The glycoproteomics community strives for improving coverage and confidence in glycopeptide assignments, and DIA MS holds much promise in this area. Our work demonstrated that DIA improved the sensitivity of site-specific glycopeptide characterization in most cases, allowing for rigorous quantitative comparison of glycosylation similarity. However, more work is needed to reliably achieve the DIA promise of complete coverage and high confidence quantification for low abundance glycoforms. In this work, we used a relatively narrow DIA scanning window of m/z 16 windows but still found that spectra had contaminating fragment ions from coeluting precursors. Smaller scanning windows would reduce coelution at the expense of sensitivity. However, with instruments capable of faster scanning speeds, a better balance between specificity and sensitivity may be possible, especially for less complex samples. We also employed a single relatively high collision energy, which did not always produce high-abundance peptide + Y fragment ions in the tandem mass spectra, producing artificially low scores in what otherwise would have been well-matched spectra. Optimizing collision energies based on the characteristics of the glycopeptide analytes as well as developing new scoring algorithms should help to produce higher quality tandem mass spectra and to capture information for all glycopeptide fragment ion types, respectively.

      Data Availability

      The MS data have been deposited to the ProteomeXchange Consortium (http://proteomecentral.proteomexchange.org/) via the PRIDE partner repository with the dataset identifier PXD029700 and DOI 10.6019/PXD029700.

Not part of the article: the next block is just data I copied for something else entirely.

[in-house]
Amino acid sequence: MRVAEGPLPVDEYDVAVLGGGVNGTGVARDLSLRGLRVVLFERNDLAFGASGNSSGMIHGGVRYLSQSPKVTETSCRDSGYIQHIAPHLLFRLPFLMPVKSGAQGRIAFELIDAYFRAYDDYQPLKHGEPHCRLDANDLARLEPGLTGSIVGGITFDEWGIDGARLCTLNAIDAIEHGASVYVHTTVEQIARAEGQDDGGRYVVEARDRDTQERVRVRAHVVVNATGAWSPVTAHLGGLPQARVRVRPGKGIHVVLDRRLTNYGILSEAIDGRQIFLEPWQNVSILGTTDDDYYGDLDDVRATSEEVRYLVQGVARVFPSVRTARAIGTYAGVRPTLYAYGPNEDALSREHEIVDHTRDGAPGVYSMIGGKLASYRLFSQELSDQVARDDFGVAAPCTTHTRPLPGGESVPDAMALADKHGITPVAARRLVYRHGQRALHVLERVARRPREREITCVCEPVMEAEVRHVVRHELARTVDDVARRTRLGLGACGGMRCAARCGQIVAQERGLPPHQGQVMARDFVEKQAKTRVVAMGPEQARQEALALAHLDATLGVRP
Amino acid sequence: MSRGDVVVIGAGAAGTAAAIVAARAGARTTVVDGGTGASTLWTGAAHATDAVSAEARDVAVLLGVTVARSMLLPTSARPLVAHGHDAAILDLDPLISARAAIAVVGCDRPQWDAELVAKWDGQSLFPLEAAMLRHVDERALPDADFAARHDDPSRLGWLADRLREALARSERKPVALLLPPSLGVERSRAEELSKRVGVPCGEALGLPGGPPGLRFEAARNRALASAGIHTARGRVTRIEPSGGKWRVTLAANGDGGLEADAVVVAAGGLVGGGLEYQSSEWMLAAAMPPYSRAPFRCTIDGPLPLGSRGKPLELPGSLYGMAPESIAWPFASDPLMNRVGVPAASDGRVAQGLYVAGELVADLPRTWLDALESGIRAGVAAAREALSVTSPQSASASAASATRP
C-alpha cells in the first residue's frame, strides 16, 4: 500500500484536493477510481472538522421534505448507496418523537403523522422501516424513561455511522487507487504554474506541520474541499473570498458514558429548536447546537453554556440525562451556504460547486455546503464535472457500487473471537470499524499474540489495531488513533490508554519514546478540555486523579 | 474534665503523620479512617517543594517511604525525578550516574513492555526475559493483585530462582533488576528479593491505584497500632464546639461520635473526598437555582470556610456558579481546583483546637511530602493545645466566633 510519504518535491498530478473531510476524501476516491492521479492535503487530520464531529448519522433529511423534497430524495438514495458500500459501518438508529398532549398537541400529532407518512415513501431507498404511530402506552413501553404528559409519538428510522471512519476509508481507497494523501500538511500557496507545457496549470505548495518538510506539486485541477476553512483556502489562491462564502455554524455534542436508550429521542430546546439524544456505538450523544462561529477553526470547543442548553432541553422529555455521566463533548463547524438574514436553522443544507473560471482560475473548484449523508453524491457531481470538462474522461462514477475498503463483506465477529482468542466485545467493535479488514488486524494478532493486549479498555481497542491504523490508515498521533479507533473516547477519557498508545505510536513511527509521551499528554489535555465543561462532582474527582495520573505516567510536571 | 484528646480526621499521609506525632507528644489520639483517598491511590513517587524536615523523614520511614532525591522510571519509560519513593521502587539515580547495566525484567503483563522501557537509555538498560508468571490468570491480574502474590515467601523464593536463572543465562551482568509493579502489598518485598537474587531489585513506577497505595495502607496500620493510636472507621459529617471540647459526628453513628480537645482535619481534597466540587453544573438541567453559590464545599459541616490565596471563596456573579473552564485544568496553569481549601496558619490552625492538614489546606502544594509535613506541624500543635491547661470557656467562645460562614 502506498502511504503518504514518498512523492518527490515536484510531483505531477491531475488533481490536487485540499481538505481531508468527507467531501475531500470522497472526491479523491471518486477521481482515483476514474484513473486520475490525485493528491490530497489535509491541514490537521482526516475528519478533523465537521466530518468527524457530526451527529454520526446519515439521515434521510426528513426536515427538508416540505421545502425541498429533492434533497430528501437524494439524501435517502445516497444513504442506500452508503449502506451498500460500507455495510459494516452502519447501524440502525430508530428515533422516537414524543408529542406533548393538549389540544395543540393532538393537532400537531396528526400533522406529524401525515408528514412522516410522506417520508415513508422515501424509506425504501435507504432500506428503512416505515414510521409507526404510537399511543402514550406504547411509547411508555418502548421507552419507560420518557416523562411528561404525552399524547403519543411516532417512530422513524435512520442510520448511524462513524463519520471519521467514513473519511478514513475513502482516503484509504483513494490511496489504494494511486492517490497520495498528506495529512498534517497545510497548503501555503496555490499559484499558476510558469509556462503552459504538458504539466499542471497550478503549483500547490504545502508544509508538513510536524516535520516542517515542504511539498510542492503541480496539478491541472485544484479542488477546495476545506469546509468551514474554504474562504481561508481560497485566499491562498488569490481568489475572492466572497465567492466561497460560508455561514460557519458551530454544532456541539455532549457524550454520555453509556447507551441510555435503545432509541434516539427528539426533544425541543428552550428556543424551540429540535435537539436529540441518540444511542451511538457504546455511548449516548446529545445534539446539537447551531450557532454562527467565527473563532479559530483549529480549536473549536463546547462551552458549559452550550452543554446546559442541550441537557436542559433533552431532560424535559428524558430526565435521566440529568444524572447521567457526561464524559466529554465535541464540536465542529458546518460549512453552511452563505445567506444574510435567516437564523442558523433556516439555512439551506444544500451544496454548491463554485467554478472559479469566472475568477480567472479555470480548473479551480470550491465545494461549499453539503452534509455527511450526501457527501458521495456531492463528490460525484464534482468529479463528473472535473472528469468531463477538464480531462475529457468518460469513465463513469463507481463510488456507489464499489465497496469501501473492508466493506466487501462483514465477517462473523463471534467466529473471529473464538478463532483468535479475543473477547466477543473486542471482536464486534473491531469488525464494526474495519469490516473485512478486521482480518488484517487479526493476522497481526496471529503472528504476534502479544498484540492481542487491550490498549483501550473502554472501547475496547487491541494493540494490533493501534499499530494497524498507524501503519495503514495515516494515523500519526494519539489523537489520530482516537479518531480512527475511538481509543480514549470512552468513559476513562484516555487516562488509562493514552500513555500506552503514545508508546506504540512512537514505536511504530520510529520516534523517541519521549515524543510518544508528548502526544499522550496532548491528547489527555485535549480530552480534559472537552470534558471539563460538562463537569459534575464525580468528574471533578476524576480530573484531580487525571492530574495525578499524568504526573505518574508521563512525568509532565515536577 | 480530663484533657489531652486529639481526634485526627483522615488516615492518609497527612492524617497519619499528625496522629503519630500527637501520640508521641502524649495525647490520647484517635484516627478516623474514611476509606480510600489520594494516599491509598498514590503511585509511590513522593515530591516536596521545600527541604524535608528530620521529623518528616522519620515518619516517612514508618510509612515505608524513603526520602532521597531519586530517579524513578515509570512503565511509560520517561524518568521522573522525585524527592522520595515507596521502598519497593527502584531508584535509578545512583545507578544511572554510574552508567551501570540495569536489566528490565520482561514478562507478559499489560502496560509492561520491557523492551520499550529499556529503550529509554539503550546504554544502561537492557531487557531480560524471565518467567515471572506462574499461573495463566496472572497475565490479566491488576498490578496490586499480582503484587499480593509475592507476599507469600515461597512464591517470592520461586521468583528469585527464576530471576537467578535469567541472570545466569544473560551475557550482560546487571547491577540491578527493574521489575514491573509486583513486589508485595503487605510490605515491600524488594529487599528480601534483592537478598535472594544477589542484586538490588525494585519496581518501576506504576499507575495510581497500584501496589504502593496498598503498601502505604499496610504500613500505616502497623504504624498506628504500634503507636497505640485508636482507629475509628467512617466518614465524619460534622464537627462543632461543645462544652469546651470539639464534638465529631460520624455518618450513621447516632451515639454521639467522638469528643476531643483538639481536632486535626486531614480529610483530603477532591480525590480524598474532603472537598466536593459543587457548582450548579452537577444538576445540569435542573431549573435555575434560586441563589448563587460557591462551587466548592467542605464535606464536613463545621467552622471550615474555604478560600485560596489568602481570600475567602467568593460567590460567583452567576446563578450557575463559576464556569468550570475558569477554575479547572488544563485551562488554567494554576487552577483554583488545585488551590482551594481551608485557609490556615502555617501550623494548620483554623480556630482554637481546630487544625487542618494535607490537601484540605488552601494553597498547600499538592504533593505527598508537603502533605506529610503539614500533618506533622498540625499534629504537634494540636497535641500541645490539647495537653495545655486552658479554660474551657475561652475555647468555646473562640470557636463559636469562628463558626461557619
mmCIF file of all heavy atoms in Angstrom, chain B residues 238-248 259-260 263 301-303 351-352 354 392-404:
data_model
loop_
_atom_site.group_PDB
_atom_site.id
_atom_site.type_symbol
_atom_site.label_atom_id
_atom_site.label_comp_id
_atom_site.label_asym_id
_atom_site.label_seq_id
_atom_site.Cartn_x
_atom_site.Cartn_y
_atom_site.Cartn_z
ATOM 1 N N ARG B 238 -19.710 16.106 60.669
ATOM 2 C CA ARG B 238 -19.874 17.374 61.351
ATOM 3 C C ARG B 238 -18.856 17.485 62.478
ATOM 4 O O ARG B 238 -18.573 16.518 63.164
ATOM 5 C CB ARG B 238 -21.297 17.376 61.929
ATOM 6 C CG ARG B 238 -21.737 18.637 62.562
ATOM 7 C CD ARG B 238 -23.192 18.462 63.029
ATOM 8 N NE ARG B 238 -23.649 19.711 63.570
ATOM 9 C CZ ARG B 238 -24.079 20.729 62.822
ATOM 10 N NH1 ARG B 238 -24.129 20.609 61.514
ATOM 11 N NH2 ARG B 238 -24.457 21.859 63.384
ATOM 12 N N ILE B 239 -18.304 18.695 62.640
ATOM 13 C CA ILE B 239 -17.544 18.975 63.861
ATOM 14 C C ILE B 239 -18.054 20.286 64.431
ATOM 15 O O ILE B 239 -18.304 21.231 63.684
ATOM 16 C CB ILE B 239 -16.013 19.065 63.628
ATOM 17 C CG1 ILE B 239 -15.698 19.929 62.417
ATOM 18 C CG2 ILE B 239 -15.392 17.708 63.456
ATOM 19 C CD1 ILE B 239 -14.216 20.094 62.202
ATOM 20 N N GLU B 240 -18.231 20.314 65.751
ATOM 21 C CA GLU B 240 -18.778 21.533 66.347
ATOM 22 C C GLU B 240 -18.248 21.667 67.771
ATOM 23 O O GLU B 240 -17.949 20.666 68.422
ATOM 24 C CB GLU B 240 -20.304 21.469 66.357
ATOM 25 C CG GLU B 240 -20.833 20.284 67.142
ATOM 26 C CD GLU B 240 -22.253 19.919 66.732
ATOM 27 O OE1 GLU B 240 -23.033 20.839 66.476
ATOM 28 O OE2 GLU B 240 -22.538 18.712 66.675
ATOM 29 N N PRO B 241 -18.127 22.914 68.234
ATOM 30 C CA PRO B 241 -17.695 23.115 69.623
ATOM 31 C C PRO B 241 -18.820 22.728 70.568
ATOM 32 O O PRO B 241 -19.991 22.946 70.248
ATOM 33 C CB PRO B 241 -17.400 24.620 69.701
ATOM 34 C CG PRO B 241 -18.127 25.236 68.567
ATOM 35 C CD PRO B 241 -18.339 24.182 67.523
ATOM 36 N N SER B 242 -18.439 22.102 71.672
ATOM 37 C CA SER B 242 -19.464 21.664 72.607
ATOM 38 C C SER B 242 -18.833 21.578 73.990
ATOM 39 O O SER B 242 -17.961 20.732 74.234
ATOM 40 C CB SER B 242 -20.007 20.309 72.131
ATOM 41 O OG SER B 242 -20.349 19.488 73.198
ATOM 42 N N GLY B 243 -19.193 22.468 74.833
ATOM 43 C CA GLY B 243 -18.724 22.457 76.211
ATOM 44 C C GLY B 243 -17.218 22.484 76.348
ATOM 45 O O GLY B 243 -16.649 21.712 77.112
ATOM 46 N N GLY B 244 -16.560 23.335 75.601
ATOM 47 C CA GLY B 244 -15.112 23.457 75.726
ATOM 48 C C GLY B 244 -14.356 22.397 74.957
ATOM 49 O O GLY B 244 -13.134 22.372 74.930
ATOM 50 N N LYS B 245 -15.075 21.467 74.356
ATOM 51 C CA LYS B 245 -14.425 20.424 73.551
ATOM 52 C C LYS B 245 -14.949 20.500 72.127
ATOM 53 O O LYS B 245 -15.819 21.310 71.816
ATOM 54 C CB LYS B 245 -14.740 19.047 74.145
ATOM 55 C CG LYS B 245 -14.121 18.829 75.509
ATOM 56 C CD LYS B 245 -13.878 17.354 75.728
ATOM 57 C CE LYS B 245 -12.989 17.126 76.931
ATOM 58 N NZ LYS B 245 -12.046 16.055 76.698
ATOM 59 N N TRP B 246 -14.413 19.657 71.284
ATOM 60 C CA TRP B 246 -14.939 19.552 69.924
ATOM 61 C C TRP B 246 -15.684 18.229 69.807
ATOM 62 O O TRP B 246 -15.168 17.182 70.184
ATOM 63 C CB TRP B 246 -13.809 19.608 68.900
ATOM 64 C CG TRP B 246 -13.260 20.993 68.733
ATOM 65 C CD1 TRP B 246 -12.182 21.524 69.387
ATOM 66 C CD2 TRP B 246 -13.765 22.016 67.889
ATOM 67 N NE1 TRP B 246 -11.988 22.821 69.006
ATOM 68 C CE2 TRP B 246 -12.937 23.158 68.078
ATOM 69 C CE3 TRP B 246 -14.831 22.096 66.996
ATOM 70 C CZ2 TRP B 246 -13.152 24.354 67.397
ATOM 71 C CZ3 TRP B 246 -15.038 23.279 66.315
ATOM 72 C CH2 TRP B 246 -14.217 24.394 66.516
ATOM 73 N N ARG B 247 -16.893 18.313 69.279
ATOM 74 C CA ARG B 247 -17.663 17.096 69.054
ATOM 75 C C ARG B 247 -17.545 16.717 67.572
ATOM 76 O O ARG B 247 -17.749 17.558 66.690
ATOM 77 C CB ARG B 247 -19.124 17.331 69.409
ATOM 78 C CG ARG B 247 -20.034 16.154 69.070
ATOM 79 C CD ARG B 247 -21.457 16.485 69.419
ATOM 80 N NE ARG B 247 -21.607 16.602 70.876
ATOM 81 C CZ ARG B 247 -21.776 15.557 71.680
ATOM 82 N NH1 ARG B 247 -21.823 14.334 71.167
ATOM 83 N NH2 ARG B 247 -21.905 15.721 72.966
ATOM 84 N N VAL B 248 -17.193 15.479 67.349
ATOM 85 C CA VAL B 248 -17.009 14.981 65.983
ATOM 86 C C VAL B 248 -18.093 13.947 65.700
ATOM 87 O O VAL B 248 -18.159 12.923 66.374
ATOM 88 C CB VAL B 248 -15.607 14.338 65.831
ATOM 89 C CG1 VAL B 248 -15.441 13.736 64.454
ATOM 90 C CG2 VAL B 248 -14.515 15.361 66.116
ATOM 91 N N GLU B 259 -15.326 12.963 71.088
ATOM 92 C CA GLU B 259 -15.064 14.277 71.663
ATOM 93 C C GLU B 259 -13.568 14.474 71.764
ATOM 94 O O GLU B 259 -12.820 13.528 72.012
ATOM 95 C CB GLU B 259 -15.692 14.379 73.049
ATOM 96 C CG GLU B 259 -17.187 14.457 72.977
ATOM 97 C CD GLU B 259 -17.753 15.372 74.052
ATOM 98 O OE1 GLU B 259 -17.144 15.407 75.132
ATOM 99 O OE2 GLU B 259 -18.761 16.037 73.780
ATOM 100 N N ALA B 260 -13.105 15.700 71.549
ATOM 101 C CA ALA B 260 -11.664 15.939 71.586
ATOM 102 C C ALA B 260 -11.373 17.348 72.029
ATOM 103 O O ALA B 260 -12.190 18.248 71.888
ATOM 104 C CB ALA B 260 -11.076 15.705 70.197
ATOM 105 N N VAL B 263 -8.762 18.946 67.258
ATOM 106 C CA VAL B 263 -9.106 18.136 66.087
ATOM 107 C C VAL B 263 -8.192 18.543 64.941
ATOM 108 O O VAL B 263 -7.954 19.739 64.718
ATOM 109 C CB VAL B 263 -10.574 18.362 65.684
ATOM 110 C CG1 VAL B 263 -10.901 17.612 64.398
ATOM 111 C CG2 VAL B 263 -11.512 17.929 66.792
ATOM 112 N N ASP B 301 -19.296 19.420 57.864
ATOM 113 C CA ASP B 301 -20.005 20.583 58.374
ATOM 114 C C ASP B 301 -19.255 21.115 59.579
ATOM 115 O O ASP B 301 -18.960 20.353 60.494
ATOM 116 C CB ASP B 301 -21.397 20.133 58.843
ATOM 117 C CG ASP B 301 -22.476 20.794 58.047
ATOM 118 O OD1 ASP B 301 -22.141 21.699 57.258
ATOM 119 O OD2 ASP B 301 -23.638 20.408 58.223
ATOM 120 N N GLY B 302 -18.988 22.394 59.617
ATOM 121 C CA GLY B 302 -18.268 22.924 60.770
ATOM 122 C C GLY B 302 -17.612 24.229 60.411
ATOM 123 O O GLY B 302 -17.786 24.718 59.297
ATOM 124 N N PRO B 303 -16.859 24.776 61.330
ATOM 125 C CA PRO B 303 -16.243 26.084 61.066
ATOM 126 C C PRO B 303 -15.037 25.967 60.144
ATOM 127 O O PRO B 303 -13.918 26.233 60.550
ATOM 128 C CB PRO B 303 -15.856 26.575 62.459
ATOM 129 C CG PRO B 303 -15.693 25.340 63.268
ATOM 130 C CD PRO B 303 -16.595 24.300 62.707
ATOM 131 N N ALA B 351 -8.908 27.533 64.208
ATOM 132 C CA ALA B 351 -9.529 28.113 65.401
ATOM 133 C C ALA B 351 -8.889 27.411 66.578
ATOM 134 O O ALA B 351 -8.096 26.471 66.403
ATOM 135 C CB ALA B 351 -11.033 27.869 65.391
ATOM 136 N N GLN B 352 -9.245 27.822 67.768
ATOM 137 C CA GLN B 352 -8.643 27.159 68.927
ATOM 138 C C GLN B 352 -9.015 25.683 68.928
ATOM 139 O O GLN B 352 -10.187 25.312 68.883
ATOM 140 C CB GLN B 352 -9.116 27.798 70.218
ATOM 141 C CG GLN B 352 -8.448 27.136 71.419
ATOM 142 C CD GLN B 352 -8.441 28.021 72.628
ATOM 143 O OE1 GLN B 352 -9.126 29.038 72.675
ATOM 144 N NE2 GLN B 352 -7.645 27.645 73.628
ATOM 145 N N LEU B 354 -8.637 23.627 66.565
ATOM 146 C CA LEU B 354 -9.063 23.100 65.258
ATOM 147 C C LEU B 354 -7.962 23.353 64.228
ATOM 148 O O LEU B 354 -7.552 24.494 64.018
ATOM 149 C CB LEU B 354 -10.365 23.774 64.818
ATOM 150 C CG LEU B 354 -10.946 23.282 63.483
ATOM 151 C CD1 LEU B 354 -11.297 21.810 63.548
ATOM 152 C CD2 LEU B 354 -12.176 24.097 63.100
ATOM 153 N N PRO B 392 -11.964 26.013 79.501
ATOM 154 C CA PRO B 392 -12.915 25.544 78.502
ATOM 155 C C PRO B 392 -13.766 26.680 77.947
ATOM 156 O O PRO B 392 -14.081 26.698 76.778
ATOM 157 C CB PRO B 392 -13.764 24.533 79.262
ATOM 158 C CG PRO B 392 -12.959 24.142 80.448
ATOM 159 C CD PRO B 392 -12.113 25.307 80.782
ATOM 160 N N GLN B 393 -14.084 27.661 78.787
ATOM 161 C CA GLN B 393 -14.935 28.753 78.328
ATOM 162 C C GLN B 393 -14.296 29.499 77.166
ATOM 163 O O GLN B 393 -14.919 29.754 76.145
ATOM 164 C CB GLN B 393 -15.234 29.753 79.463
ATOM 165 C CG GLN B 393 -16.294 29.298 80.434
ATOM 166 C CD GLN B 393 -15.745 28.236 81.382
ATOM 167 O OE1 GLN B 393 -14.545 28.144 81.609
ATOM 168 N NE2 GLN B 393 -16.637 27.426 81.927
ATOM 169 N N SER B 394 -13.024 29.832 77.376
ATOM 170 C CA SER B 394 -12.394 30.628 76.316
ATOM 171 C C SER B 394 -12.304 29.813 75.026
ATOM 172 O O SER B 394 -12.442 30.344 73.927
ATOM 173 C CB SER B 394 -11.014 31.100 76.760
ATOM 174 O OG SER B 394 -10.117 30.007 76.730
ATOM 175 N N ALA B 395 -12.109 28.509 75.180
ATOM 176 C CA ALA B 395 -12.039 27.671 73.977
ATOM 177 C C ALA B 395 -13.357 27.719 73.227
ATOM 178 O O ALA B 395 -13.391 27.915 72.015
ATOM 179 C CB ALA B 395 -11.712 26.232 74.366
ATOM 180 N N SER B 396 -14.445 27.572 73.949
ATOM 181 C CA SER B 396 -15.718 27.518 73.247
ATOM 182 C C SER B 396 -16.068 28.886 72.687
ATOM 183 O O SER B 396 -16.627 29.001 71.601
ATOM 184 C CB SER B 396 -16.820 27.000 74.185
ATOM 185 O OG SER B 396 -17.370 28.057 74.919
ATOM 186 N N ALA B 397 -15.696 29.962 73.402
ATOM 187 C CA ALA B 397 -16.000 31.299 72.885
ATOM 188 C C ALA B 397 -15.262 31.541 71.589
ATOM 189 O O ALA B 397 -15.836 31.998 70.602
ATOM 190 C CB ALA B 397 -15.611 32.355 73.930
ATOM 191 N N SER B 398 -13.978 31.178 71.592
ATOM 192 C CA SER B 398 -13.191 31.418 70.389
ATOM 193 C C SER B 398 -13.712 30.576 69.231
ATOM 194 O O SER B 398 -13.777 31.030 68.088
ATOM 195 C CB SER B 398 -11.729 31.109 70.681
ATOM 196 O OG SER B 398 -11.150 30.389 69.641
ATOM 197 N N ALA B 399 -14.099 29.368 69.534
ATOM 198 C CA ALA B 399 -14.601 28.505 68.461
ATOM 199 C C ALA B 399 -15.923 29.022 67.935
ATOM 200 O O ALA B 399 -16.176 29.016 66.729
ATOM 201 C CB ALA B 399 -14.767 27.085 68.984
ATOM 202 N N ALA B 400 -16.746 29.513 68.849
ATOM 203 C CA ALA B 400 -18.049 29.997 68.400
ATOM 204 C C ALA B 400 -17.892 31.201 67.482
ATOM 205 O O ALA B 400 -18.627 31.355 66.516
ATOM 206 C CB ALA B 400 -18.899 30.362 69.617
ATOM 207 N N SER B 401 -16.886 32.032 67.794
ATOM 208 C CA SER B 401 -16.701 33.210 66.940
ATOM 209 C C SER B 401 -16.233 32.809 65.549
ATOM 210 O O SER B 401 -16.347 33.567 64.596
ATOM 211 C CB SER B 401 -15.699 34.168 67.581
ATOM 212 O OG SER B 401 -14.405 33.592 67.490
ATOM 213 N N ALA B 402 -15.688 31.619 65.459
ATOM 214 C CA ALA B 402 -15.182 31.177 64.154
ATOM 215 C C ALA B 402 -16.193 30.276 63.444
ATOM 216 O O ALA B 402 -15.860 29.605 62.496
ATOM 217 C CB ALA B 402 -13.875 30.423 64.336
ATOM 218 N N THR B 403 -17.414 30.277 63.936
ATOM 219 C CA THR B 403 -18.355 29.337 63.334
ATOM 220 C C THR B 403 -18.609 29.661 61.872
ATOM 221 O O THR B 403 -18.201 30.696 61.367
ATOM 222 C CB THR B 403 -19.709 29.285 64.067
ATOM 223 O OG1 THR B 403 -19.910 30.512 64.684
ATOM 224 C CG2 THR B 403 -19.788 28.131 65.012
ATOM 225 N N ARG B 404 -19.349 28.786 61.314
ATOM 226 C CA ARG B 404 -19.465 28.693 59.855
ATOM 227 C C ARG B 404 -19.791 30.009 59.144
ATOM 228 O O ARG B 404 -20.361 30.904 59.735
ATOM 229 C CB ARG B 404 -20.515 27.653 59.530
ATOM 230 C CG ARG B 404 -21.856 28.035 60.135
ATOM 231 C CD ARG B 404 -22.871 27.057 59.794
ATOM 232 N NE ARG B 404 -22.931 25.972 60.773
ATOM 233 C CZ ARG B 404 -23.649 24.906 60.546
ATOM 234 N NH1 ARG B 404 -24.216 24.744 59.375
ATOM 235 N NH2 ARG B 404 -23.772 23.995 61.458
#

RAMZIS and GlycReSoft may be freely downloaded at https://www.bumc.bu.edu/msr/software/.

      Supplemental data

      This article contains supplemental data.

      Conflict of interest

      The authors declare no competing interests.

      Acknowledgments

      This work was supported by the Boston University School of Medicine Graduate Medical Science Program and National Institutes of Health grants R01GM133963 , U01CA221234 , S10OD021651 , and R01AI116744 .

      Funding and additional information

      The content is solely the responsibility of the authors and does not necessarily represent the official views of the National Institutes of Health.

      Author contributions

      D. C. conceptualization; D. C. methodology; J. K., W. E. H., and M. R. N. software; D. C. formal analysis; D. C. investigation; X.-F. W. and J. Z. resources; D. C. writing–original draft; J. Z. writing–review & editing; D. C. visualization; X.-F. W. and J. Z. supervision; X.-F. W. and J. Z. funding acquisition.